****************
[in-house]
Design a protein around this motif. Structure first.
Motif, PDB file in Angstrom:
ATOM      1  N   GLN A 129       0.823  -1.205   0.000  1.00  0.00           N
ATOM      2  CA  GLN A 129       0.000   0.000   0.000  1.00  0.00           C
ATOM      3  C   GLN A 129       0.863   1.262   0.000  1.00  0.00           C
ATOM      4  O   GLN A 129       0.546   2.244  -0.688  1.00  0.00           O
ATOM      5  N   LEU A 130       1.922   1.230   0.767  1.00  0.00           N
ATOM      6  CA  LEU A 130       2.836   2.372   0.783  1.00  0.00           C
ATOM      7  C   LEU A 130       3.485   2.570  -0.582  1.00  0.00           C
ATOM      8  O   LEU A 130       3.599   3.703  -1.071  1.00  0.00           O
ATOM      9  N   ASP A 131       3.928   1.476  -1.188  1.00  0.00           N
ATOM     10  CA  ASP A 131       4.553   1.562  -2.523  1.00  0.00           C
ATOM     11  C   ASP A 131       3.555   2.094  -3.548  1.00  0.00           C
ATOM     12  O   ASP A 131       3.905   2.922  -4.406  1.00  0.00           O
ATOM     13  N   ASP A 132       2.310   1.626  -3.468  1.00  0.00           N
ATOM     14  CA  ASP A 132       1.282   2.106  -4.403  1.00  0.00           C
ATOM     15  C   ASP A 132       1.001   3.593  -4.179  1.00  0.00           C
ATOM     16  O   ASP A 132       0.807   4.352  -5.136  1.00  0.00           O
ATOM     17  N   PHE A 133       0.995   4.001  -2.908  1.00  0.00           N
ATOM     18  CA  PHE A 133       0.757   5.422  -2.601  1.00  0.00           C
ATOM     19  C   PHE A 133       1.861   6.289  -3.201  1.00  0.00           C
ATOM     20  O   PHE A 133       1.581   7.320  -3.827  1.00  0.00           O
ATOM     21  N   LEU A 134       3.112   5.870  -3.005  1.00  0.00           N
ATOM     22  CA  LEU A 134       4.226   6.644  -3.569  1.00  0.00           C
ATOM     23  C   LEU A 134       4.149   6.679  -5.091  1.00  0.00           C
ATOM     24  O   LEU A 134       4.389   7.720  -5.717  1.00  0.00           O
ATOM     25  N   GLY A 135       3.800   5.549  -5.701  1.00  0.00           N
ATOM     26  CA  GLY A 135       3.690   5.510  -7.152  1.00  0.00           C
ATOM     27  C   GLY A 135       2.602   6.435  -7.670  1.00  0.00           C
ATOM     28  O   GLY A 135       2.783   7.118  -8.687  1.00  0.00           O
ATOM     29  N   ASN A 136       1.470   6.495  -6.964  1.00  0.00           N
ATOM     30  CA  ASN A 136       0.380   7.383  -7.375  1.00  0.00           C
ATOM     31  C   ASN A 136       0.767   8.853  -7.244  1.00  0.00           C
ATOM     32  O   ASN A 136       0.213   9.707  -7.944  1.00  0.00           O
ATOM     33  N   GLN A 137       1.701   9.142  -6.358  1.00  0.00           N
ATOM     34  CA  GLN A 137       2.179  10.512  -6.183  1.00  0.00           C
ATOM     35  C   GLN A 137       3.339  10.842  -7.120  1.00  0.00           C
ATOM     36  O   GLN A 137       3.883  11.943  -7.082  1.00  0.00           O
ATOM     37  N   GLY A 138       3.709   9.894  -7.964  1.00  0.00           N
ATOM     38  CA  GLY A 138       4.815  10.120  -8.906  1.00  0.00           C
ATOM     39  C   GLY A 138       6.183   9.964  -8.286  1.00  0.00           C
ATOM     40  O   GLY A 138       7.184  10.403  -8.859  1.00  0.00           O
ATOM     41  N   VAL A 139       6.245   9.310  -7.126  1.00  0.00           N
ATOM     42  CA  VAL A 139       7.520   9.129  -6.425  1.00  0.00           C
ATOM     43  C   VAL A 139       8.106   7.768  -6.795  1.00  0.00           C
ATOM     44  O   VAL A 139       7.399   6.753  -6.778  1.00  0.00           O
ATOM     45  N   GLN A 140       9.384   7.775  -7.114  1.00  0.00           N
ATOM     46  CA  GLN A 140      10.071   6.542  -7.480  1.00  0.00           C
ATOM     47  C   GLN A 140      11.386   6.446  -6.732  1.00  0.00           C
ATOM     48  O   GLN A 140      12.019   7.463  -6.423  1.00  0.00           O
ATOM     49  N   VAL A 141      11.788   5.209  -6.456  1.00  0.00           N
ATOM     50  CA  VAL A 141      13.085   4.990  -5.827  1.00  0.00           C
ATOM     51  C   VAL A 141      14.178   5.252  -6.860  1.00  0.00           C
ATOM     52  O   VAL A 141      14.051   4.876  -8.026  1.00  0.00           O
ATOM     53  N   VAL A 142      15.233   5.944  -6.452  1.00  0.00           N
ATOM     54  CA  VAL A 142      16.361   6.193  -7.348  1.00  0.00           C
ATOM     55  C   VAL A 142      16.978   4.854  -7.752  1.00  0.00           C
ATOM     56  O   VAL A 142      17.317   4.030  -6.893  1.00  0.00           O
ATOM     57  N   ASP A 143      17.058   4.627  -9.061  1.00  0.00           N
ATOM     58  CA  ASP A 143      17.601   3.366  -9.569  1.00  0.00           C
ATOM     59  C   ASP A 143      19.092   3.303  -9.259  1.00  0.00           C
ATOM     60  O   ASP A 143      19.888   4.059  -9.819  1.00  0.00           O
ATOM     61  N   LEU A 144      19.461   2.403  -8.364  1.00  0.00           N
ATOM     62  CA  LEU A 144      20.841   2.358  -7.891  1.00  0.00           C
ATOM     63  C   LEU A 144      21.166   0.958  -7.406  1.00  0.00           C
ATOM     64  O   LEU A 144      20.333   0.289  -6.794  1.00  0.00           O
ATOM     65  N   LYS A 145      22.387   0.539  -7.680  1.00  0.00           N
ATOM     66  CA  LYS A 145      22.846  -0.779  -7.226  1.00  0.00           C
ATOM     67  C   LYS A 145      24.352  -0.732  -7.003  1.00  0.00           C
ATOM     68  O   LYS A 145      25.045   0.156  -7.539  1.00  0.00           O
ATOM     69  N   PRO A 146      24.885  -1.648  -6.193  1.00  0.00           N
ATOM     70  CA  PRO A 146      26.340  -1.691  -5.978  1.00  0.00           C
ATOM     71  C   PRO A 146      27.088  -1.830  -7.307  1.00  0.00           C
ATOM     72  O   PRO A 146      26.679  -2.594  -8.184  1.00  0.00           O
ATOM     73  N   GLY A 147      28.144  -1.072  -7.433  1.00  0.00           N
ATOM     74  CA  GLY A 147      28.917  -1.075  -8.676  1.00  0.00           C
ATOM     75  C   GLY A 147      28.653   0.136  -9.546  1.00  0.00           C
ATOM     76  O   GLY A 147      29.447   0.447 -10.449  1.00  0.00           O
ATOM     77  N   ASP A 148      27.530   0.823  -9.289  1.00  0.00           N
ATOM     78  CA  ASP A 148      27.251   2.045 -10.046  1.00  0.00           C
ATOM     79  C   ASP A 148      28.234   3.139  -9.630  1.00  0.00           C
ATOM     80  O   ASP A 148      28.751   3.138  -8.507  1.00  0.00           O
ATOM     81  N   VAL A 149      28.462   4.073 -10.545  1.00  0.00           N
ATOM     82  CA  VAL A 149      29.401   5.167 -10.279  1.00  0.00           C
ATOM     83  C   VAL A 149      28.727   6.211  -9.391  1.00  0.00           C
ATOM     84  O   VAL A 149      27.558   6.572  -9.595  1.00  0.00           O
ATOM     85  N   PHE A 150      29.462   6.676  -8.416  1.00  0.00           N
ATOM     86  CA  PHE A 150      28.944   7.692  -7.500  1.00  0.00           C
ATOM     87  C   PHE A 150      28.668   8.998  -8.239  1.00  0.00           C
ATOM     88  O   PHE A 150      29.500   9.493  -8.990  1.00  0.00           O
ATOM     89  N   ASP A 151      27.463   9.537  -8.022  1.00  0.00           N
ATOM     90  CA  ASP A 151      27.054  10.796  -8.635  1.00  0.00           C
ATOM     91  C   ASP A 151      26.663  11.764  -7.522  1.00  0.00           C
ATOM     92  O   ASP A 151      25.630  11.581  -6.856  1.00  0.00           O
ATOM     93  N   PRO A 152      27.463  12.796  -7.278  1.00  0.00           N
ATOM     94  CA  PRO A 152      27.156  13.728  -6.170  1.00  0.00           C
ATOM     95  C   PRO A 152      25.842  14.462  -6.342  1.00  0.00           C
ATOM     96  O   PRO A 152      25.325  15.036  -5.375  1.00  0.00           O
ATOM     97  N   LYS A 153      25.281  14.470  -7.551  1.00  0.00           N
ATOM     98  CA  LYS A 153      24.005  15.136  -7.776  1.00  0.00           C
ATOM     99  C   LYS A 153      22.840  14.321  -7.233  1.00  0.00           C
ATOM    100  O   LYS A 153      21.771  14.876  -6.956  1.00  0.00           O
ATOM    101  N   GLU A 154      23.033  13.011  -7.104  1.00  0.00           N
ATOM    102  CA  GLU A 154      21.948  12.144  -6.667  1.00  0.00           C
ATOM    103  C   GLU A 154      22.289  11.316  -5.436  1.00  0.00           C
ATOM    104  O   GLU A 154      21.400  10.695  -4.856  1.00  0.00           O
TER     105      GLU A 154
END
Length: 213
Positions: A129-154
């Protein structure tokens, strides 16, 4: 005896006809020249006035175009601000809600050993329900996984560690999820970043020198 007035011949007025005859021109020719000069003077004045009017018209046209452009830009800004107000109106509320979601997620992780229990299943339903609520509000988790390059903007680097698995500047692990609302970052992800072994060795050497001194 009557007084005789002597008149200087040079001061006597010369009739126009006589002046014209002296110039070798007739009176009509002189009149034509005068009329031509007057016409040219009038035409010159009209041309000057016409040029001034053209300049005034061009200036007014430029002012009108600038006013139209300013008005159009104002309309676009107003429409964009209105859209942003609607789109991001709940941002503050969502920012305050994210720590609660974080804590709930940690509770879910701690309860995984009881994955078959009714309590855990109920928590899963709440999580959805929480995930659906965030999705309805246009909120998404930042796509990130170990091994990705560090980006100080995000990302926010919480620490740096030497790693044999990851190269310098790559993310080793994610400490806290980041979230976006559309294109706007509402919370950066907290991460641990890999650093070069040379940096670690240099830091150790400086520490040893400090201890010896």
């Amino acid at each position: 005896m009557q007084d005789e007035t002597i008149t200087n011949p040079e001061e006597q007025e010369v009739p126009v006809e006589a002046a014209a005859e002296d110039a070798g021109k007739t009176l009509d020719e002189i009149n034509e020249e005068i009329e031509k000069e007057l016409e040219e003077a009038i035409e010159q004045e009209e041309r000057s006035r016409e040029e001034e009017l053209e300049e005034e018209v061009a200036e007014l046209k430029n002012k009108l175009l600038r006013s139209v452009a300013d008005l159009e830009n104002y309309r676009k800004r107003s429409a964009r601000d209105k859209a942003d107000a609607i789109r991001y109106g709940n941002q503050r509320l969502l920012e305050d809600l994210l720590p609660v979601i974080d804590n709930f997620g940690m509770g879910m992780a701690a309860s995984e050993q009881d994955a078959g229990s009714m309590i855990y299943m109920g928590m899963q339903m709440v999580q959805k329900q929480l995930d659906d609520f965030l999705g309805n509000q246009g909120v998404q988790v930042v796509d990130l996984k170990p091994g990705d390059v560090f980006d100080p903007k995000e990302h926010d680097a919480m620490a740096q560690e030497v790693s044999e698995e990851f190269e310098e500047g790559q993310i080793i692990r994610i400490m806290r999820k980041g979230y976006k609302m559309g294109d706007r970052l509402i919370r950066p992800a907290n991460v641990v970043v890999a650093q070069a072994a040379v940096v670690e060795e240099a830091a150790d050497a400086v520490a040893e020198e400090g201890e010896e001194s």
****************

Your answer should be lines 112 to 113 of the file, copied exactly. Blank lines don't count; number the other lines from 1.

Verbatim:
């Protein structure tokens, strides 16, 4: 005896006809020249006035175009601000809600050993329900996984560690999820970043020198 007035011949007025005859021109020719000069003077004045009017018209046209452009830009800004107000109106509320979601997620992780229990299943339903609520509000988790390059903007680097698995500047692990609302970052992800072994060795050497001194 009557007084005789002597008149200087040079001061006597010369009739126009006589002046014209002296110039070798007739009176009509002189009149034509005068009329031509007057016409040219009038035409010159009209041309000057016409040029001034053209300049005034061009200036007014430029002012009108600038006013139209300013008005159009104002309309676009107003429409964009209105859209942003609607789109991001709940941002503050969502920012305050994210720590609660974080804590709930940690509770879910701690309860995984009881994955078959009714309590855990109920928590899963709440999580959805929480995930659906965030999705309805246009909120998404930042796509990130170990091994990705560090980006100080995000990302926010919480620490740096030497790693044999990851190269310098790559993310080793994610400490806290980041979230976006559309294109706007509402919370950066907290991460641990890999650093070069040379940096670690240099830091150790400086520490040893400090201890010896």
């Amino acid at each position: 005896m009557q007084d005789e007035t002597i008149t200087n011949p040079e001061e006597q007025e010369v009739p126009v006809e006589a002046a014209a005859e002296d110039a070798g021109k007739t009176l009509d020719e002189i009149n034509e020249e005068i009329e031509k000069e007057l016409e040219e003077a009038i035409e010159q004045e009209e041309r000057s006035r016409e040029e001034e009017l053209e300049e005034e018209v061009a200036e007014l046209k430029n002012k009108l175009l600038r006013s139209v452009a300013d008005l159009e830009n104002y309309r676009k800004r107003s429409a964009r601000d209105k859209a942003d107000a609607i789109r991001y109106g709940n941002q503050r509320l969502l920012e305050d809600l994210l720590p609660v979601i974080d804590n709930f997620g940690m509770g879910m992780a701690a309860s995984e050993q009881d994955a078959g229990s009714m309590i855990y299943m109920g928590m899963q339903m709440v999580q959805k329900q929480l995930d659906d609520f965030l999705g309805n509000q246009g909120v998404q988790v930042v796509d990130l996984k170990p091994g990705d390059v560090f980006d100080p903007k995000e990302h926010d680097a919480m620490a740096q560690e030497v790693s044999e698995e990851f190269e310098e500047g790559q993310i080793i692990r994610i400490m806290r999820k980041g979230y976006k609302m559309g294109d706007r970052l509402i919370r950066p992800a907290n991460v641990v970043v890999a650093q070069a072994a040379v940096v670690e060795e240099a830091a150790d050497a400086v520490a040893e020198e400090g201890e010896e001194s």